The emerging mantra is that innovation is combination. The idea behind this mantra is that better ways of understanding things (including designing, manufacturing and distributing the tools to do stuff) emerge from using tools from other disciplines.
Darwin’s experiences on The Beagle weren’t limited to first-hand observations alone. The long journey also gave him ample time to read. One book in particular that influenced him was Charles Lyell’s Principles of Geology, which described the new theory that helped Darwin interpret his observations of seashells on mountaintops.
Another crucial influence came after he returned to England and encountered an essay by Thomas Malthus, which described how populations grow faster than the means to support them. It was that essay that formed the final piece to the puzzle of what became Darwin’s theory of natural selection.
If, as Lyell had suggested, the world was constantly changing and, as Malthus had shown, there was always more life than means to support it, then there must be constant competition for survival. Under these conditions, characteristics favorable to a particular environment would be passed on and those unfavorable would die out.
So Darwin’s theory was, more than anything else, the combination of Lyell’s ideas about geology, Malthus’s observations about population and his own explorations which he had meticulously documented during the voyage. It’s hard to see how Darwin could have come up with his theory without all three elements.
And once Darwin’s idea about natural selection became part of our vocabulary, we have been able to use it in many contexts.
For this reason, I find it odd that our media does not provide front page coverage to stories about what smart people are thinking about. Not about the news of recently discovered stuff, but the news about how folks are thinking. Most important, what tools they are using to combine with their own thoughts. For me, that is important news!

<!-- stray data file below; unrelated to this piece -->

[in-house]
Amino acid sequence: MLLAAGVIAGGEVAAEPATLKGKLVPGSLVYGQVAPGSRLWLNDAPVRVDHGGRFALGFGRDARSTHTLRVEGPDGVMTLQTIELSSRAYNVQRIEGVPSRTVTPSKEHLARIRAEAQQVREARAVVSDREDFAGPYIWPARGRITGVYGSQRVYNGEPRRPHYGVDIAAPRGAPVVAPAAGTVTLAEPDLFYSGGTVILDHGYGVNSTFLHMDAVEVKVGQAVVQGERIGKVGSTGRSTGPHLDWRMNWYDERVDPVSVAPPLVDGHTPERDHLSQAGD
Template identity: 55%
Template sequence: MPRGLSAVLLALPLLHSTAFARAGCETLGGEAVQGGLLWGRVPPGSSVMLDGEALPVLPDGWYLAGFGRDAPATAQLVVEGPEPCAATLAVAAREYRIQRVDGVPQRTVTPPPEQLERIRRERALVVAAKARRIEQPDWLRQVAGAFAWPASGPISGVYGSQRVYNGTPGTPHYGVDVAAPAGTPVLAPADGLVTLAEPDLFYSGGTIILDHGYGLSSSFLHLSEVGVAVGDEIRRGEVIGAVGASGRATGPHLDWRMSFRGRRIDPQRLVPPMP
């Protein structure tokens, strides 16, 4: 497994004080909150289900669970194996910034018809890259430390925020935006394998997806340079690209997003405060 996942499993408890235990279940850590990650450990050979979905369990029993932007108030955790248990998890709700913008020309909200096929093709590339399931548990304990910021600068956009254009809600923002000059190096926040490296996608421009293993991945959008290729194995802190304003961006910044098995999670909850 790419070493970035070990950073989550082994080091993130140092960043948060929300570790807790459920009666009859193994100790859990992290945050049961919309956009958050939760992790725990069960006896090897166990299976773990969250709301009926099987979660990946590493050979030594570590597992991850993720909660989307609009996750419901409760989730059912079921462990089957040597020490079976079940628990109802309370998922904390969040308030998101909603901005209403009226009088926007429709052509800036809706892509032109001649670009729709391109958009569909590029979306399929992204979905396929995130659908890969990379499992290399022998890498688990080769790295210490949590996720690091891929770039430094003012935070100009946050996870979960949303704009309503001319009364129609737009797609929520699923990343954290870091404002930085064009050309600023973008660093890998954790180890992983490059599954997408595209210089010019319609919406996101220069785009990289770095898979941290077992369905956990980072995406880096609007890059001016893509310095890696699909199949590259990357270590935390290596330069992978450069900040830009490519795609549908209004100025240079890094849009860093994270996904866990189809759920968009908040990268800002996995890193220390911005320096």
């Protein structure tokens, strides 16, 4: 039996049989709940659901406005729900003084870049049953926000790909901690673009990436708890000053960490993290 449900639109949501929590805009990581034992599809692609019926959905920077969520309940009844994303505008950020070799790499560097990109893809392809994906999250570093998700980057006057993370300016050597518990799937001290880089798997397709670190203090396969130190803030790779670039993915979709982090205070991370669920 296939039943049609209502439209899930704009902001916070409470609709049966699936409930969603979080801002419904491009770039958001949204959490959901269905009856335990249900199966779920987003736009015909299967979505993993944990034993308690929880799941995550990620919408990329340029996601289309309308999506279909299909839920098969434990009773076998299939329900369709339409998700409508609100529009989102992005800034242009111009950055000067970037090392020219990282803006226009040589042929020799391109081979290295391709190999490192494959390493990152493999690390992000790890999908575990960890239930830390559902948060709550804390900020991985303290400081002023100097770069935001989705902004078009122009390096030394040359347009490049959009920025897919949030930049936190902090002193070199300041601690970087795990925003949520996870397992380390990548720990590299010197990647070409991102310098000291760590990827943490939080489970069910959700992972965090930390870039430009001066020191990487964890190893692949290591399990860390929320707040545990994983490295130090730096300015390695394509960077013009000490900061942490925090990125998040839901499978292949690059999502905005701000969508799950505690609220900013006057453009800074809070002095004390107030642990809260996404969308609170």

For that reason, I enjoyed reading Wired’s compilation of the ideas from a number of tech “visionaries”. Not because it gave me a chance to “ooo and ahhh” about how smart these folks are (sadly, that is the writing style) but because it gave me a chance to see what ideas they are building from.
Ricardo Craib’s project called “numerai” is of special interest here. Ricardo is building a digital hedge fund that uses algorithms instead of individual thinking to make investments. That is an old idea. The new thing is to combine another well-known piece of learning — groups learn faster than individuals. So …
… the 29-year-old South African mathematician doesn’t build these algorithms himself. Instead, his fund crowdsources them from thousands of anonymous data scientists who vie for bitcoin rewards by building the most successful trading models.
Cool. But that is not all.
To encourage cooperation, Craib developed Numeraire, a kind of digital currency that rewards everyone when the fund does well. Data scientists bet Numeraire on algorithms they think will succeed. When the models work, Numeraire’s value goes up for everyone.
USV is an investor in numerai and Fred Wilson at USV has posted about numerai on several occasions. It is a cool idea. Not because it is original, but because of how it combines ideas from different areas. And I am looking forward to when other
It is a cool idea. Not because it is original, but because of how it combines ideas from different areas. And I am looking forward to when other fooks start applying what numerai is learning about collaborative investment strategies to better crowd fun.
Don’t think it will hapeen? You might recall that when Google built is search engine, it was a money loser. It was only later on thta Google comined the idea of a serach engine with advertising that Google became one of th erichest companies on the planet. And that in turn, spawned a tsunami of firms trying to leverage web traffic with ad spending.